April 12, 2024

power and the harm of “we”

view of train tracks from a bridge through a chain link fence
photo caption: a pair of train tracks runs through lush green woods from the view of a bridge. lining the bridge is a rusty chain link fence that stretches across half the photo. no, this is NOT the damn equity fence people are always talking about.

Another heatwave hit Seattle last week. It was mild compared to so many places in the world. I complained as the heat and smoke descended, a regular marker now for the end of summer. But we were fine. Around the united states, people felt temperatures well into the 100s (+37℃), even the 110s (+43℃).

It’s clear that climate change is happening. We’re heating the world faster than any other time in its existence. We’re causing it. How many times have you read, heard, or said a sentence like that? We’re doing it. Are we all to blame for the climate crisis? No, stop blaming yourself for the climate crisis.  Yes, the human race is causing climate catastrophes that could end our very species. But we’re not all causing it in equal measures.

the harm of “we”

When we talk about “we,” we’re placing the biggest polluters on the same level as the average person. It puts them on the same level as people who have almost no choice but to live how they do. We all may live under capitalism, but not everyone benefits from it. Not everyone survives in the same way or with the same rate of success.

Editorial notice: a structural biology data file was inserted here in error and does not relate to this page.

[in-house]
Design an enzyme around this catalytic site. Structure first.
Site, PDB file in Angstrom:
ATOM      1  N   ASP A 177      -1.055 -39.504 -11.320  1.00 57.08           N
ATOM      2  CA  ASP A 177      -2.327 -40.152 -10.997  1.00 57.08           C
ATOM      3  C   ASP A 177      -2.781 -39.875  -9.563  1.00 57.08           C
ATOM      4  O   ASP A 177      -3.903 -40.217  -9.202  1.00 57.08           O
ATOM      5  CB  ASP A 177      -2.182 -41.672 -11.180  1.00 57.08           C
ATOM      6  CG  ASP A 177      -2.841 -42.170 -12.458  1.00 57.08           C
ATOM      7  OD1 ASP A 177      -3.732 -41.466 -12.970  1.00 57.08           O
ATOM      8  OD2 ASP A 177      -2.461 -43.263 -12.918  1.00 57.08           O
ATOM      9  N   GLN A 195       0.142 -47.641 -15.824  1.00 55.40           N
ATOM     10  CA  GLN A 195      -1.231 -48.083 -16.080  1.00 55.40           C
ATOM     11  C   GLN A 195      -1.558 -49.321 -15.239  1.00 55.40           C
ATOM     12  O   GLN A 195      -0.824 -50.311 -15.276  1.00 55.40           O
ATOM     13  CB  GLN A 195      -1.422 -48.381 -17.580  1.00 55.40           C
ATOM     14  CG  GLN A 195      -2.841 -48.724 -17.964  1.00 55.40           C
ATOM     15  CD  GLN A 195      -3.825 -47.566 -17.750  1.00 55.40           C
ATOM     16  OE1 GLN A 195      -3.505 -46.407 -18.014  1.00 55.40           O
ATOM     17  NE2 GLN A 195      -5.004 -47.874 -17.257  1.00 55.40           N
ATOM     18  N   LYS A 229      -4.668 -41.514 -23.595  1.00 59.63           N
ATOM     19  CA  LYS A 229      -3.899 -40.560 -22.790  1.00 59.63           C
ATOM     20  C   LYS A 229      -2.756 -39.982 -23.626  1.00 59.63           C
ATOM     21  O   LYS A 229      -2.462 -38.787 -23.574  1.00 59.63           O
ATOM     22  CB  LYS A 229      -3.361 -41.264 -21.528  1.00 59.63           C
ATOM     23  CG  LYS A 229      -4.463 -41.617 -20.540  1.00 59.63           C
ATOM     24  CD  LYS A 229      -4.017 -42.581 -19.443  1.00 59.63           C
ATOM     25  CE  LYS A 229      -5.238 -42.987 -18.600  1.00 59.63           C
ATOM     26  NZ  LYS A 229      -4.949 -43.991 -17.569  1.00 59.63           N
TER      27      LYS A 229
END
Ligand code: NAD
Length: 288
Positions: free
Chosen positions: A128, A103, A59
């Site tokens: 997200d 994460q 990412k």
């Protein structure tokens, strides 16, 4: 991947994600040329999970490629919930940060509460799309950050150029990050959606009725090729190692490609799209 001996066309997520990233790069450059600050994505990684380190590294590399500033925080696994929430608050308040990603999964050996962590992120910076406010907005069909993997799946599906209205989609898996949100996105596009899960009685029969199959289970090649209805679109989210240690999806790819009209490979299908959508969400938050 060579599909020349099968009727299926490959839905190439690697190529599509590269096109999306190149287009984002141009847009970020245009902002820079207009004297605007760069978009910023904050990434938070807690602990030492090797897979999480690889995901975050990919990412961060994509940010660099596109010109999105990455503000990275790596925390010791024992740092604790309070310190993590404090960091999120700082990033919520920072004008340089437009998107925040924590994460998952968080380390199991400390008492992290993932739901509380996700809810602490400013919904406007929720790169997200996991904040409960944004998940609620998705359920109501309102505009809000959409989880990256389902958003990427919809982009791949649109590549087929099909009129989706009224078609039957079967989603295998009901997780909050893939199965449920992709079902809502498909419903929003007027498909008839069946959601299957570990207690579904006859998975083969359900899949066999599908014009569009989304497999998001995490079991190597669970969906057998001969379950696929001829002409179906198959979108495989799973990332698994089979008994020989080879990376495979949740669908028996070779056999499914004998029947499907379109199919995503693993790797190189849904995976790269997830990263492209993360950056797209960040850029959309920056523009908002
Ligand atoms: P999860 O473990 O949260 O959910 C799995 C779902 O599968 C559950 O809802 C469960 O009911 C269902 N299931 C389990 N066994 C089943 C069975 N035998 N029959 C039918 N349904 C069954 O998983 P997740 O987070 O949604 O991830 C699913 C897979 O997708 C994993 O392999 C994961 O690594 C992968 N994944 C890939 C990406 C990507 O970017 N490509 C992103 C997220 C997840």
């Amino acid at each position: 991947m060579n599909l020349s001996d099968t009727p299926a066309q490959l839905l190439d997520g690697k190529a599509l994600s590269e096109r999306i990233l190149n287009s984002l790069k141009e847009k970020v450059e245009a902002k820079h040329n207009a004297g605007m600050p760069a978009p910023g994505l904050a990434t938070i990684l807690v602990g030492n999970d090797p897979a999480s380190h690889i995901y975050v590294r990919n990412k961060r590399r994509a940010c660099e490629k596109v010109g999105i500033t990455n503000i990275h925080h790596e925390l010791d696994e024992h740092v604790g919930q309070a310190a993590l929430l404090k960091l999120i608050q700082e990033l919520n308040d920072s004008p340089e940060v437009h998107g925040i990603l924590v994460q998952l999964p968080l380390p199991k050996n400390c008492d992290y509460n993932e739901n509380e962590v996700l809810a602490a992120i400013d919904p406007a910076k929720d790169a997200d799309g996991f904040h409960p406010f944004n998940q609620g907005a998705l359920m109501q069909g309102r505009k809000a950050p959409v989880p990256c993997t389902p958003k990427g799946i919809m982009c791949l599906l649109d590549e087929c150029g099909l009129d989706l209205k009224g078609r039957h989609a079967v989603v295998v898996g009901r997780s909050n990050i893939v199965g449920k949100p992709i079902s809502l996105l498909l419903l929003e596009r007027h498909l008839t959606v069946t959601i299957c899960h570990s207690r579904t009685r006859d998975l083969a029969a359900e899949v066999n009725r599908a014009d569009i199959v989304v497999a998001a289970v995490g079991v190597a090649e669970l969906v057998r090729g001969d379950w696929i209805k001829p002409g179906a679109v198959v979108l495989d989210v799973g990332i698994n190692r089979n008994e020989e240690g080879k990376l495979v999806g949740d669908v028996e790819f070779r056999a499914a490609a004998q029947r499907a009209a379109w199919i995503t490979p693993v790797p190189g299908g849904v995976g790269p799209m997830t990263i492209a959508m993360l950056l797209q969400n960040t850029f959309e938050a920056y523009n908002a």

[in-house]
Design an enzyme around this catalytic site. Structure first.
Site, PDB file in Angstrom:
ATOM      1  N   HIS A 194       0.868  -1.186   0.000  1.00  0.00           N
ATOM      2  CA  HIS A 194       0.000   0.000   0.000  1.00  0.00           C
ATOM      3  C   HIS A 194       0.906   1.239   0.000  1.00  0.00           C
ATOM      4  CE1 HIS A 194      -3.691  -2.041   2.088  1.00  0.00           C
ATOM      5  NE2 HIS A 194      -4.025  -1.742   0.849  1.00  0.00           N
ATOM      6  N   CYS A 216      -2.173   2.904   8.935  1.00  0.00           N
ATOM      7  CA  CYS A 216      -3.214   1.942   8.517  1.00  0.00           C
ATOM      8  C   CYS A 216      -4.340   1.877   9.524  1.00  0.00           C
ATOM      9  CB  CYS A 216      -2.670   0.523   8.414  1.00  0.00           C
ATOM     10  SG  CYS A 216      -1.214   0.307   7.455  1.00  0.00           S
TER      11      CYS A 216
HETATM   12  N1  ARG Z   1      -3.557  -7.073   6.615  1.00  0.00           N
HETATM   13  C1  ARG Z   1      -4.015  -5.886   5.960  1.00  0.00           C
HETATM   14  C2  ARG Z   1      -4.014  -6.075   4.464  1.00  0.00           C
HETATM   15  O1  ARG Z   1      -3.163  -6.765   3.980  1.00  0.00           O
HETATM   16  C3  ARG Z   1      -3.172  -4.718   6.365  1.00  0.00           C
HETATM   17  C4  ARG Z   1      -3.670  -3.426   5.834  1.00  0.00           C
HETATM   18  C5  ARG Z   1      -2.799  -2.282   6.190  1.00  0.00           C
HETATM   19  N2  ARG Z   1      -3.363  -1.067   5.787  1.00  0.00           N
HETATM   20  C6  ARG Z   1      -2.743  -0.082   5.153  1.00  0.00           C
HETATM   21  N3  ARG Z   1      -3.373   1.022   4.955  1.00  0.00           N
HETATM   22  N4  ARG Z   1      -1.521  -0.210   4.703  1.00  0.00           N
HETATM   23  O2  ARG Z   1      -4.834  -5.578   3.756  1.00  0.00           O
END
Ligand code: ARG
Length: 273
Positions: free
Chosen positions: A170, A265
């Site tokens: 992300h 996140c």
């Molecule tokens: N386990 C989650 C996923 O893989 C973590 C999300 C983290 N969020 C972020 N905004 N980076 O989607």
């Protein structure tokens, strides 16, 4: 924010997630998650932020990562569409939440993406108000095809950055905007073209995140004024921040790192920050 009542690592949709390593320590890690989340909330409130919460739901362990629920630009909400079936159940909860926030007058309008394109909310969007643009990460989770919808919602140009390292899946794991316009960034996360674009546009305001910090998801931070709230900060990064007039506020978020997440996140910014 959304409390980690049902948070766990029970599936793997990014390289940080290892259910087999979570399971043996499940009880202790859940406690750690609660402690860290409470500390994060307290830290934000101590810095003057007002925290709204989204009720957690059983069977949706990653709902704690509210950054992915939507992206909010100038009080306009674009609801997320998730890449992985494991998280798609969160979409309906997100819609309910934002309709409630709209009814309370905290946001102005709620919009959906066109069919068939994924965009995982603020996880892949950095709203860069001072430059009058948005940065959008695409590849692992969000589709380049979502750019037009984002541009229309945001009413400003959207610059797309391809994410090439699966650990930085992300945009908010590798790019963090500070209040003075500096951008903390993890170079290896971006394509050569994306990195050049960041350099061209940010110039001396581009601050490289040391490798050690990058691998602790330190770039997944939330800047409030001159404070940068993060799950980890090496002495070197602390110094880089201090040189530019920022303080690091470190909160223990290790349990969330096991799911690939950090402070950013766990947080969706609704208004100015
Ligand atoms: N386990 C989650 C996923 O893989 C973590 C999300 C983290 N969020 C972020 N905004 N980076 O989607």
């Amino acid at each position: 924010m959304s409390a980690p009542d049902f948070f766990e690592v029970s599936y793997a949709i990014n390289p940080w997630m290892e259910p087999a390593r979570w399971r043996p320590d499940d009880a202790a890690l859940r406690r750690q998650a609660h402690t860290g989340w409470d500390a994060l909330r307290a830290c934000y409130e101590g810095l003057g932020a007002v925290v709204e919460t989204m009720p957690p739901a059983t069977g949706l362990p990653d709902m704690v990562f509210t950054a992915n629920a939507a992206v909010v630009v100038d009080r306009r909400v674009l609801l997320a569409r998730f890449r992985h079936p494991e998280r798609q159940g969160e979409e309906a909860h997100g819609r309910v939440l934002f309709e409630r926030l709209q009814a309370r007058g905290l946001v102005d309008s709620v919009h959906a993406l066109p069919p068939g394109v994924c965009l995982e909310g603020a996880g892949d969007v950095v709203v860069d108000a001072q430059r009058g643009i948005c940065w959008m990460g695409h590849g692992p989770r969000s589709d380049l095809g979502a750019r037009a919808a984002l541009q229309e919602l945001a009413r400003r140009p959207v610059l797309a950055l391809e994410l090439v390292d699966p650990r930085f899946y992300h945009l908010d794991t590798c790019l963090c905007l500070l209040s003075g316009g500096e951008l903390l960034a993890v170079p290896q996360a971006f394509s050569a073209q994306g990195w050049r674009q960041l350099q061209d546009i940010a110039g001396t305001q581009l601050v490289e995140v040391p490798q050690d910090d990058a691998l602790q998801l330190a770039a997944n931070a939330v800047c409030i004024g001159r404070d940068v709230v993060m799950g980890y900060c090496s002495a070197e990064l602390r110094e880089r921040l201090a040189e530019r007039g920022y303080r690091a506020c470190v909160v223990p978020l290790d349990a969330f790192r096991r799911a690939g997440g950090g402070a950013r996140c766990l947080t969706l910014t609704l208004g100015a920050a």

For example: fast fashion is cheap clothing made by people exploited into that labor. Their conditions are excruciating and most people know that.  There’s no way clothes made overseas and shipped here can still cost a few dollars. Here in america, we have people who work minimum wage in a country where nobody can even afford rent on that salary. For a person who makes $7.25 an hour, is a $4 shirt a better choice than a $40 one? Is that $4 choice equal to one made by a person who spends hundreds of dollars on fast fashion hauls? What we should all be working to combat is sweatshop labor. We should be talking about people who can afford to make different choices, but choose not to.

name it to tame it

When we name the real causes of a crisis, we can get to solving the problems. Too many people avoid the reality that many of us are complicit as consumers. We have a choice, we can afford an alternative, we don’t want to. That does make us responsible for these large-scale catastrophes, to some extent. Our responsibility is still small compared to the heaviest polluters.

What happens when we stop using the generalized “we”? For whatever problem you’re facing, get specific. Who’s responsible? To what extent? Who benefits from the current arrangements? Who does not? We may live in a society but our lives are not identical. We need to focus our efforts on the people who matter: whether they are big or less-big. Can we add some skepticism to the claims that Africa is a major contributor to the climate crisis?